ONOS Blackbird release improves SDN control plane performance and scale

The ONOS Project, part of the Open Networking Lab's (ON.Lab's) effort to create an open source software-defined networking (SDN) operating system, has announced the Blackbird release of its Open Network Operating System (ONOS). The second ONOS release, Blackbird improves the platform's ability to support high performance, scale, and availability. In particular, it offers metrics designed to enable evaluation of the "carrier-grade quotient" of SDN control plane platforms/controllers.

The ONOS Project, part of the Open Networking Lab's (ON.Lab's) effort to create an open source software-defined networking (SDN) operating system, has announced the Blackbird release of its Open Network Operating System (ONOS). The second ONOS release, Blackbird improves the platform's ability to support high performance, scale, and availability. In particular, it offers metrics designed to enable evaluation of the "carrier-grade quotient" of SDN control plane platforms/controllers.

ONOS is architected as a distributed but logically centralized control plane. It has been endorsed by a variety of network operators, including AT&T (see "ON.Lab, backed by AT&T and NTT, offers open source SDN operating system"), in part because of its support for high availability. Such characteristics include full recovery from events such as switch and link failure, node failure, entire ONOS cluster failure, single-node cluster failure, cluster partitioning, and device-node communication failure.

The metrics capabilities of Blackbird exceed those found in other approaches such as Cbench, the ONOS Project asserts. The metrics include:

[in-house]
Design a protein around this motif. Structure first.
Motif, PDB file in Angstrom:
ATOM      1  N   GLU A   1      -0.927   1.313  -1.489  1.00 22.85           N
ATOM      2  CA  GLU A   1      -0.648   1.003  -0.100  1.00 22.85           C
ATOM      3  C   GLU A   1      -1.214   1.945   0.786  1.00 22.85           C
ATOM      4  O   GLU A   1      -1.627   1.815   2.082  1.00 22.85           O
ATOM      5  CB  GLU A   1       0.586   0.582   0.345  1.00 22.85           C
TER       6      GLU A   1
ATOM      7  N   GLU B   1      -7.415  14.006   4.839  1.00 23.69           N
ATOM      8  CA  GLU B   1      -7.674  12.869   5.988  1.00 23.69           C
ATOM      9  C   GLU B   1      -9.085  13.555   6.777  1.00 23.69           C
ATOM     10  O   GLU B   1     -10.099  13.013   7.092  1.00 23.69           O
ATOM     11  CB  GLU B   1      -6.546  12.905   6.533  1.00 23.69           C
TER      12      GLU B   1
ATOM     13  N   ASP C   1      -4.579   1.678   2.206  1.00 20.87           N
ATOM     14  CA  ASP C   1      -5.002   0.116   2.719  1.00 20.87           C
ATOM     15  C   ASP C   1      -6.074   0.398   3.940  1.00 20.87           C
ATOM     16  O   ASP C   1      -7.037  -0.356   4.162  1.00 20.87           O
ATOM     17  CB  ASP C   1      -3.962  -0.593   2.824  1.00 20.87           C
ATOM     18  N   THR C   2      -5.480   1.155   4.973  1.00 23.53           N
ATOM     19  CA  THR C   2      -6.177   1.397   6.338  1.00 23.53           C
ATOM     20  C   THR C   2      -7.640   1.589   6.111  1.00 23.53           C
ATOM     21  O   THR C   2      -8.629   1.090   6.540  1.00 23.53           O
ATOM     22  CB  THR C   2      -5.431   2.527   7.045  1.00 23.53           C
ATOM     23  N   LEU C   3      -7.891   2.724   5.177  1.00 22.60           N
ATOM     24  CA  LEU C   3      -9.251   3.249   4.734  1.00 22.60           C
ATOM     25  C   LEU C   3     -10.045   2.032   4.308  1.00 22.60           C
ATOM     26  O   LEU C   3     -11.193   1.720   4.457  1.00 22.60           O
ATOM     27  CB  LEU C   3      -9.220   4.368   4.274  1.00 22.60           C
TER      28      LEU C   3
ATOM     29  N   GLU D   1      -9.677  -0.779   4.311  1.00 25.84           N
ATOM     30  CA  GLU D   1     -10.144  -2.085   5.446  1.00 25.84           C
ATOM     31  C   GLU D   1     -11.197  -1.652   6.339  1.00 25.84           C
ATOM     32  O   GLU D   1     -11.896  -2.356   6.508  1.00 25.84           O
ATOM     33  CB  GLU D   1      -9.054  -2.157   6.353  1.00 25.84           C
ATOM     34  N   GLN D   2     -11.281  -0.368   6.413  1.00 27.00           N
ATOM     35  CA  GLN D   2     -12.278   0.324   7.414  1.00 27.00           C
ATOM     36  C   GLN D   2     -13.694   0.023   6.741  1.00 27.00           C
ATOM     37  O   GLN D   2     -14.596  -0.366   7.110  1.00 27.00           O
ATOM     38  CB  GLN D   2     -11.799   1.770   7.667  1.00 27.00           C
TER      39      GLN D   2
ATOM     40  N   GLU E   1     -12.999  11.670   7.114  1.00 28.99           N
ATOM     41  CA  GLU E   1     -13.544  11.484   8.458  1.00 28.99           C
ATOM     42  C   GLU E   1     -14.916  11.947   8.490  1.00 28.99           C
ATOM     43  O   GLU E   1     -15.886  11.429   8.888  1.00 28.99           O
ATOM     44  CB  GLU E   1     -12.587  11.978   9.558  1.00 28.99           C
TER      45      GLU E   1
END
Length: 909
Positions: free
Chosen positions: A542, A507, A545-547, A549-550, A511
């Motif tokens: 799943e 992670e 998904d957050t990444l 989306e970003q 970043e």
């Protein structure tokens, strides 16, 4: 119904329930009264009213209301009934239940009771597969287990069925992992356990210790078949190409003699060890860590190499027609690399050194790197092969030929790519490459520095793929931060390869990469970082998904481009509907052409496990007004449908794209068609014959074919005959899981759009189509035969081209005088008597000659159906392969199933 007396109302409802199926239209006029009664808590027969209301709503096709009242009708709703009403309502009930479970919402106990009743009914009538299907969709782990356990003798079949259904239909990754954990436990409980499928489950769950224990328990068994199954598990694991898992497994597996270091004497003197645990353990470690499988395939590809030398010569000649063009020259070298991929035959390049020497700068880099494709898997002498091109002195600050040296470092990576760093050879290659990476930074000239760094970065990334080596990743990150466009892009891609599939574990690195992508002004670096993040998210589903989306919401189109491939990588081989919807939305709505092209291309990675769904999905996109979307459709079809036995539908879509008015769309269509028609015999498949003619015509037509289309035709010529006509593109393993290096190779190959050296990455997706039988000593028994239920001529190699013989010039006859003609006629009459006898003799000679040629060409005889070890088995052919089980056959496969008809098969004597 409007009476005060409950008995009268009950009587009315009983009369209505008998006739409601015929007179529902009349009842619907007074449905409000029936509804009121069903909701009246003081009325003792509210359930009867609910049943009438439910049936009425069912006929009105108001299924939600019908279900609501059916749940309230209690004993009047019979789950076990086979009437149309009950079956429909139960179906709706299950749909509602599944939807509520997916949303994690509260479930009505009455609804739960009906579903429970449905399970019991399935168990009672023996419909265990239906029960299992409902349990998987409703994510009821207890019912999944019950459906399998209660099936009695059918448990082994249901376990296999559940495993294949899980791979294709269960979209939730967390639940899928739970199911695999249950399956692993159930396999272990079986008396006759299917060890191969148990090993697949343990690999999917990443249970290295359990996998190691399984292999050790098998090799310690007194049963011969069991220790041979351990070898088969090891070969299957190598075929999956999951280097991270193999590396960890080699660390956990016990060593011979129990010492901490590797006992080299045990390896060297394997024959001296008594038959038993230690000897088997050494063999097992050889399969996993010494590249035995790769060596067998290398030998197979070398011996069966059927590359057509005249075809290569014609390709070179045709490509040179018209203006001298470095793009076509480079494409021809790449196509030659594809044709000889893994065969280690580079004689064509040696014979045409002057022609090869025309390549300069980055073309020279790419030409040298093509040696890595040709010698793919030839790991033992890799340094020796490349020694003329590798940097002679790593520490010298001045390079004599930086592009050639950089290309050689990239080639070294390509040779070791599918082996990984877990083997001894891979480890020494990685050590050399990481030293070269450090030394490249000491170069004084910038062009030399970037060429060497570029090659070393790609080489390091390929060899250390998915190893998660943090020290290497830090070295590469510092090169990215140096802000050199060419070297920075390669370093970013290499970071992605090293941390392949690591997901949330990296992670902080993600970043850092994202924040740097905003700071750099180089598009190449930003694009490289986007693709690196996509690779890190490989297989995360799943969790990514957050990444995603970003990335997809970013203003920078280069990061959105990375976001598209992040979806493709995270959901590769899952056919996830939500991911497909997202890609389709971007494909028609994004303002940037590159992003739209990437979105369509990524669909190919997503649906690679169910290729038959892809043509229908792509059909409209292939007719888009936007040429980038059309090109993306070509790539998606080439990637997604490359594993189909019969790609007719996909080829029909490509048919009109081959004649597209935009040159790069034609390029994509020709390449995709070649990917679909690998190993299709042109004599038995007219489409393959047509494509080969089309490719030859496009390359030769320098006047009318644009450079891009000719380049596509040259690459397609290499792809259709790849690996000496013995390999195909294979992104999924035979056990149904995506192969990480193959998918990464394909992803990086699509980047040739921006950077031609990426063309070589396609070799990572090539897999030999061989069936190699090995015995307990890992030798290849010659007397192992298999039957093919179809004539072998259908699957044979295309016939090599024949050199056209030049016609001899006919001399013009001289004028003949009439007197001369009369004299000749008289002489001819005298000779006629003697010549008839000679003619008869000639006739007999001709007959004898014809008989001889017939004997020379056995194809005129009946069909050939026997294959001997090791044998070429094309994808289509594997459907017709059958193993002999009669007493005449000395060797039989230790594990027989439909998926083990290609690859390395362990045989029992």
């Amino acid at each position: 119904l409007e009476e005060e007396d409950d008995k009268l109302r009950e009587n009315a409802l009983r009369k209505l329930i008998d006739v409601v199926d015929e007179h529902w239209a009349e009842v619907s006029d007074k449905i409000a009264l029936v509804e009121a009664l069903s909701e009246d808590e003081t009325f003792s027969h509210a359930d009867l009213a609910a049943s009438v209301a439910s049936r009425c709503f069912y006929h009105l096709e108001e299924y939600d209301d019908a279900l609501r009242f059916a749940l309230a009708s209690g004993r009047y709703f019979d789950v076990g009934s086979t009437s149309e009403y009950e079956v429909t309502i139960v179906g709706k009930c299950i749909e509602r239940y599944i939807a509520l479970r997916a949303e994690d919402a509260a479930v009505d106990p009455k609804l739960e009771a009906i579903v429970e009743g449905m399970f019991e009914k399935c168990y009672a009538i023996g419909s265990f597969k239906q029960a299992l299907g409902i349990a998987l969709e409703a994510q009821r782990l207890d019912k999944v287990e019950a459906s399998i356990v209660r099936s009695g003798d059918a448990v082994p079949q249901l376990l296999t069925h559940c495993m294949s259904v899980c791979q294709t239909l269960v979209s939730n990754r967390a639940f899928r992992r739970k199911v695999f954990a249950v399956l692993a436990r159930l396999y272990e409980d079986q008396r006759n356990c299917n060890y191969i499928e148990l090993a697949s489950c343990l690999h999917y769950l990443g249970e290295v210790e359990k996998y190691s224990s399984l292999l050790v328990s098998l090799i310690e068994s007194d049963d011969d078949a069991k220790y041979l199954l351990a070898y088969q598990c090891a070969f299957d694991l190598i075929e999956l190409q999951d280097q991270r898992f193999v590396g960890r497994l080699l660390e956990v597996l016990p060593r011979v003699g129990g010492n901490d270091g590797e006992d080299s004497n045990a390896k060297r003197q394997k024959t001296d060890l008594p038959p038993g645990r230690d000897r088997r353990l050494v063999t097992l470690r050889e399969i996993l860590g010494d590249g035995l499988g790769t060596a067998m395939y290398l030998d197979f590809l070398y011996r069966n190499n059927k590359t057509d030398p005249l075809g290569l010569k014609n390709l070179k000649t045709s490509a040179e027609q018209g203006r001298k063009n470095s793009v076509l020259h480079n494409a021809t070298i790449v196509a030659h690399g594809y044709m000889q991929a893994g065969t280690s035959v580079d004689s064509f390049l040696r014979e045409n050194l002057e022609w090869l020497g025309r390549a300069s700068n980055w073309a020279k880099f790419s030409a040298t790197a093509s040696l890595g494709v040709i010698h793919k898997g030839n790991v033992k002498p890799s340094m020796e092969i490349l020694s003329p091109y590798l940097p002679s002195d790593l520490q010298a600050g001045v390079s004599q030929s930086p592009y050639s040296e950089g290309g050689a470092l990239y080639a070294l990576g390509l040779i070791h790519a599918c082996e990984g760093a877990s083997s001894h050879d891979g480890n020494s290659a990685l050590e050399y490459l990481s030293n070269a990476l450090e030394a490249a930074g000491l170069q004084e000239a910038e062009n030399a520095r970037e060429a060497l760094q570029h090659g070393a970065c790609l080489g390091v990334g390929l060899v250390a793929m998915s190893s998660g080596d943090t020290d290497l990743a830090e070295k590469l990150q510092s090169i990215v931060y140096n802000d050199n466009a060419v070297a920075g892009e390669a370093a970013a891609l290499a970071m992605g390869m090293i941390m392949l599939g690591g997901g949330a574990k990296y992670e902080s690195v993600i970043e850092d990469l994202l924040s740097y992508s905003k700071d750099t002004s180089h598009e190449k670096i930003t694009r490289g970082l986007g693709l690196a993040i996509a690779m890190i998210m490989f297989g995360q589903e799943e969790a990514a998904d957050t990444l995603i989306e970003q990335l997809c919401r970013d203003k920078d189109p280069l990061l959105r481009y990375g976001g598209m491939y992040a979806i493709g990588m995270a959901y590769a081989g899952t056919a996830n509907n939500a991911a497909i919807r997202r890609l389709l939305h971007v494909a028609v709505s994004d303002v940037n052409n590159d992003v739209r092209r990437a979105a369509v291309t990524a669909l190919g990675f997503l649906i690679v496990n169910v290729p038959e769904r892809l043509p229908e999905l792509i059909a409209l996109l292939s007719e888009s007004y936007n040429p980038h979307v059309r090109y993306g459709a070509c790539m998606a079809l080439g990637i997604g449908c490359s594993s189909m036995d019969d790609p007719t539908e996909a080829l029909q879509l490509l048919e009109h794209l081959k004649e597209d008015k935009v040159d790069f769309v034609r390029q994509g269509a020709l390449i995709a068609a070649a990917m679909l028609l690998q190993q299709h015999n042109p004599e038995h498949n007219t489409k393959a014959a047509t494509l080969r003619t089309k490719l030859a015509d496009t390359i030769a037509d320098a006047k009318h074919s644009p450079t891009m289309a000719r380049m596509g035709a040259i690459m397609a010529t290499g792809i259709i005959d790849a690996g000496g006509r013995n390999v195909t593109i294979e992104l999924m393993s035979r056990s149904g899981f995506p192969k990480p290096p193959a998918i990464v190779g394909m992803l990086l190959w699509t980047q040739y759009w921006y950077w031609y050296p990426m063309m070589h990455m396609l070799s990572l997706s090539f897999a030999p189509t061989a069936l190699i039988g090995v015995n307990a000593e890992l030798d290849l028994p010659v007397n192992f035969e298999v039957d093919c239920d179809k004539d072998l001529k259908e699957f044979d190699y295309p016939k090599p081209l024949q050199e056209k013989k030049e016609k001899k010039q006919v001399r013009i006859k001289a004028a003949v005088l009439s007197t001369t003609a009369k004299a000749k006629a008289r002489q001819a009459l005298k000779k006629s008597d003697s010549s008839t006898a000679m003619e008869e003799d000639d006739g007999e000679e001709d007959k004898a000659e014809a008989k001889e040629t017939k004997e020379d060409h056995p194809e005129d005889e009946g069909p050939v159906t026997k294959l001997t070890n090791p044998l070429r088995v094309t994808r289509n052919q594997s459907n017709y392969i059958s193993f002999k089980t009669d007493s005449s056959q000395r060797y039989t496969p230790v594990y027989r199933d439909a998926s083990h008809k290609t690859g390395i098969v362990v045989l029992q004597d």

• topology – link change latency
  • topology – switch change latency
  • flow operations throughput
  • intent (northbound) install latency
  • intent (northbound) withdraw latency
  • intent (northbound) reroute latency
  • intent (northbound) throughput.

"As service providers start deploying SDN solutions not only in their labs but also to control and manage their carrier-scale networks, high performance, scalability, and resilience become key architectural requirements for these solutions," said Prajakta Joshi, director of products for the ONOS Project. "Carrier-grade SDN platforms and solutions need to demonstrate these attributes and measure and qualify them with effective metrics."

The developers target ONOS to achieve 1 million flow operations per second and less than 100 ms (and ideally under 10 ms) of latency. The project reports that most of ONOS Blackbird's measurements meet these targets; the others will be optimized in future releases and in conjunction with use case and deployment requirements, the developers promise.

"Achieving the high availability required to deliver network resilience at the necessary scale without compromising performance as you add controller instances has been an elusive goal for open source SDN solutions and a barrier to adoption—until now," asserted Guru Parulkar, executive director for ON.Lab. "Architected as a distributed system, ONOS is the first open source SDN solution to achieve linear scale-out while maintaining high performance and availability. As the size of your network grows, ONOS instances can be added to scale the SDN control plane, and seamlessly deliver the needed throughput. This ability not only breaks down barriers to real-world deployment but also future-proofs your network."

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